I wrote a 12-line Rollup plugin

November 30, 2019


I was building a web application using Svelte and Rollup this morning. I needed to use a web worker, which the worker script has to be in another file:

const worker = new Worker('/build/worker.js');

So naturally, I was thinking of having 2 entries for my rollup application: the main app and the worker.

It works fine, except the fact that the rollup-plugin-livereload injected a livereload script to every output file:


(function(l, r) { if (l.getElementById('livereloadscript')) return; r = l.createElement('script'); r.async = 1; r.src = '//' + (window.location.host || 'localhost').split(':')[0] + ':35729/livereload.js?snipver=1'; r.id = 'livereloadscript'; l.head.appendChild(r) })(window.document);

// worker code ...

The livereload script includes a reference to window, which is not available to the worker script:

window reference error
window is not defined

I looked into the docs of the rollup-plugin-livereload, it doesn’t seemed to have a option to exclude files from adding the livereload script.

At this point, I was thinking to myself, “I just need to copy the worker.js into the ‘build/’ folder, I don’t need anything else, how hard can that be?”

It turns out harder than I imagined. 🤮

Need something? Install a plugin!

In todays JavaScript landscape, there’s a “node_module” for everything.

So I googled “rollup plugin copy files”, without a suprise, there are multiple rollup plugins published to npm:

google search
Google result for "rollup plugin copy files"

So I decided to install the first plugin, because it has the highest weekly downloads:

rollup-plugin-copy weekly downloads
17K weekly downloads

When I installed the plugin, I realise I was installing much more than I needed:

rollup-plugin-copy dependencies

Remember, my use case is simple:

I just need to copy the worker.js into the ‘build/’ folder.

I don’t need any bells and whistles this plugin is providing me. 🙈

So I uninstalled the plugin, thinking:

How hard is it to write a plugin that just copy the worker.js into the ‘build/’ folder?

Writing a Rollup plugin

Senpai once told me, “writing rollup plugins is very straightforward,”, yet, no one told me how to get started writing it.

So, I dug into node_modules/, and start skimming through the rollup plugins I have installed: rollup-plugin-svelte, rollup-plugin-node-resolve, rollup-plugin-terser, …

And I noticed a common pattern:


module.exports = function(options) {
  // ...
  return {
    name: 'plugin-name',
    load() { /* ... */ },
    resolveId() { /* ... */ },
    generateBundle() { /* ... */ },
    // ...

So I guess, this is the general structure of a rollup plugin:

  • It’s an object, …
  • with a property called name for the name of the plugin,
  • and functions like “load”, “load”, … that would be called by rollup when the time is right 🤔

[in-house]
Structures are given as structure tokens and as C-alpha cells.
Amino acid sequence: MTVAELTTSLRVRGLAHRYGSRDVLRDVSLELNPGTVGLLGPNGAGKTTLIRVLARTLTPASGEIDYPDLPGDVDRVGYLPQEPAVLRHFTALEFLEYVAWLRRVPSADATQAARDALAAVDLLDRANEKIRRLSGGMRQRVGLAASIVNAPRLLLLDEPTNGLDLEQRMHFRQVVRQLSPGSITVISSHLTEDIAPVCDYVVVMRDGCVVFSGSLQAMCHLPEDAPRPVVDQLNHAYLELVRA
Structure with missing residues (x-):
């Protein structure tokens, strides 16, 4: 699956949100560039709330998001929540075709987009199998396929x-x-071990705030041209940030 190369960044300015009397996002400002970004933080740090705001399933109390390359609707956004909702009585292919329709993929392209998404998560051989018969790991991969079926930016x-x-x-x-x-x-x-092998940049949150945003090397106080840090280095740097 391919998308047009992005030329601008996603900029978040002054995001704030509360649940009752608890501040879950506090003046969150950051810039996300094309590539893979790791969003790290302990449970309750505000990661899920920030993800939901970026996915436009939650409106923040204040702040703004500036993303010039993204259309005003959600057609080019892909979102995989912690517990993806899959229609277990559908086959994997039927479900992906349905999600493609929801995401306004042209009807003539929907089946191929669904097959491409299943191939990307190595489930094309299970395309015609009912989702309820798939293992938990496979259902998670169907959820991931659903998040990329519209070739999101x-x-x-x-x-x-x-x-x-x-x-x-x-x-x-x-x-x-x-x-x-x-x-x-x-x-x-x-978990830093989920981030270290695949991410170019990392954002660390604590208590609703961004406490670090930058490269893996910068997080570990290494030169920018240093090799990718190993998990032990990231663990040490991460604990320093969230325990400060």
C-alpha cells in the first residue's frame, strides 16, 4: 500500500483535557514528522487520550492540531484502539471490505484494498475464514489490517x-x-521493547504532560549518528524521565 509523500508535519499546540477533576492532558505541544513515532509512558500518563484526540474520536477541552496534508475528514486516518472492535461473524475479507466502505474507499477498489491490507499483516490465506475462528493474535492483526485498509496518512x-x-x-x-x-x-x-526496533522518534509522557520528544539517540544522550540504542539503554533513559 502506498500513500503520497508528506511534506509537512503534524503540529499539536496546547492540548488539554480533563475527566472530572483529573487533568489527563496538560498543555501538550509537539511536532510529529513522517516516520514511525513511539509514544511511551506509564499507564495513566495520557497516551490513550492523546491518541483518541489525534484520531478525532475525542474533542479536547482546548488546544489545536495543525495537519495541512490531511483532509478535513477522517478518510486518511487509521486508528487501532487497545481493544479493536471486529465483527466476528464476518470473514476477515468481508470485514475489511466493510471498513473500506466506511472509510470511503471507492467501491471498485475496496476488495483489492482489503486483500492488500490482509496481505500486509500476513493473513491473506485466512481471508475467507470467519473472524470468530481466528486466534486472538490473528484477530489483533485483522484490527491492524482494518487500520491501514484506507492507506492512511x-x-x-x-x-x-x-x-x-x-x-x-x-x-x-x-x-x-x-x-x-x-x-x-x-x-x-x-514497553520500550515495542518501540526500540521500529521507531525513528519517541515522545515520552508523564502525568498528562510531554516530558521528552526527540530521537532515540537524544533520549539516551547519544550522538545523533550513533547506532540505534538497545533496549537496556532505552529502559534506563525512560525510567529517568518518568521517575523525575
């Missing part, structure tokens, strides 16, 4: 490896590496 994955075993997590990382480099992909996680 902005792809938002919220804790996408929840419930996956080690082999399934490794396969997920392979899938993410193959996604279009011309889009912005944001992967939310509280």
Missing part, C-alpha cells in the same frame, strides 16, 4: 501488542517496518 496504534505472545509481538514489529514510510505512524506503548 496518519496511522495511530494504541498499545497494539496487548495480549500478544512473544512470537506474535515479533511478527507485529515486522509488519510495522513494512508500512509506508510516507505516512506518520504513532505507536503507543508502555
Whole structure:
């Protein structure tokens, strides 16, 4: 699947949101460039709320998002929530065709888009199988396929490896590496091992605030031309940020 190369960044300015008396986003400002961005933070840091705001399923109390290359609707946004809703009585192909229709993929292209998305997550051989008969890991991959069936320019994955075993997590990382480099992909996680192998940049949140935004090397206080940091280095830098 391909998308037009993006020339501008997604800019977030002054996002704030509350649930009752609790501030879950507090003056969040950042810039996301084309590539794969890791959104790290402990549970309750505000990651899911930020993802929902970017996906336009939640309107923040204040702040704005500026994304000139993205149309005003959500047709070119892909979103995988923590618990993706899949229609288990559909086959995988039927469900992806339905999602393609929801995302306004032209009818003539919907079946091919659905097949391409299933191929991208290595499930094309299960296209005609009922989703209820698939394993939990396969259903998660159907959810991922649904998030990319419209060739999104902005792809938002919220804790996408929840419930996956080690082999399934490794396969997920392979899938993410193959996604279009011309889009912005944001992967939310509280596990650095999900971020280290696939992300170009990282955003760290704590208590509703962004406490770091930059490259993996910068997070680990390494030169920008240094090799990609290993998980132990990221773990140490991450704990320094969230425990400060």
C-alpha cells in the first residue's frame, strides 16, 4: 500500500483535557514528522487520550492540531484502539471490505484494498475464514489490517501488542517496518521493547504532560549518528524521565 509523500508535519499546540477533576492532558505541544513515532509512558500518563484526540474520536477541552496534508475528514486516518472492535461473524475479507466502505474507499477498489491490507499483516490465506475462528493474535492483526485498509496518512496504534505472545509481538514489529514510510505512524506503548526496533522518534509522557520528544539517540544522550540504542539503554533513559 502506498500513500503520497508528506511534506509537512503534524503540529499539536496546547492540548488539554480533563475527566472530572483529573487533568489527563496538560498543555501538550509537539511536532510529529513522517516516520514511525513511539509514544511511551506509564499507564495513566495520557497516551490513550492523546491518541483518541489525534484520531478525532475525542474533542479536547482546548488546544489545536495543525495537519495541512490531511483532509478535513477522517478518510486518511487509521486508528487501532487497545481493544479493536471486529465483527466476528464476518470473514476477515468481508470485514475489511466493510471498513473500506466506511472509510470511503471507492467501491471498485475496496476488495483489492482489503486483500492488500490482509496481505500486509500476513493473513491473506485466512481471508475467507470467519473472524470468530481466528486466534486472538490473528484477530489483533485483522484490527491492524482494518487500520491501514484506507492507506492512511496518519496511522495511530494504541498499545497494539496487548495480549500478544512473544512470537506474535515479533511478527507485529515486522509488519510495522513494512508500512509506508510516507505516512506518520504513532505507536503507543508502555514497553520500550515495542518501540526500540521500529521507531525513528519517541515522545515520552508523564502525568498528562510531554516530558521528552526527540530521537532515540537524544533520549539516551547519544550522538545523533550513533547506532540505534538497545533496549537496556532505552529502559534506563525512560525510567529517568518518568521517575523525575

OK. I know what I need, I need to copy my worker.js when rollup is generating a bundle:


export default {
  plugins: [
    // ...
    {      name: 'copy-worker',      generateBundle() {        fs.copyFileSync(          path.resolve('./src/worker.js'),          path.resolve('./public/build/worker.js')        );      }    }  ],

Great! It works! 😎

But, when I change the worker.js file, the build/worker.js is not updated. 😞

That’s because the worker.js is not watched!

After much googling, I ended up reading through the official docs of Rollup.

I learned that the functions like “load”, “generateBundle”, … are called “hooks”, and the docs explained when these hooks will be called, the arguments and the expected return value.

In the docs, I found this.addWatchFile(id: string) under plugin context, which according to the docs,

[…] can be used to add additional files to be monitored by watch mode.

Sounds exactly what I am looking for! 😁

export default {
  plugins: [
    // ...
      name: 'copy-worker',
      load() {        this.addWatchFile(path.resolve('./src/worker.js'));      },      generateBundle() {

Great! It works! 🎉🎉

Closing Notes

After some researching, I wrote simple rollup plugin in 12 lines of code, that copies the worker.js into “build/” folder.

This is something custom and specific, and it works perfectly fine.

So, why would I install a package that has so many files and dependencies, just to do a simple and specific task?

Am I going to publish my plugin to npm?

No. If you have a similar use case, you are free to copy these 12 lines of code.

At the moment, I am having these 12 lines of code in my rollup.config.js and have no intention to extract it out into its own package.

What about DRY? What if you/someone else have the same use case, wouldn’t it great to have it as a package?

Sorry. No. Before DRY (Dont Repeat Yourself), there’s YAGNI (You aren’t gonna need it).

Abstract code only when you need to.

Thank you for your time reading through this article.
It means a lot to me.

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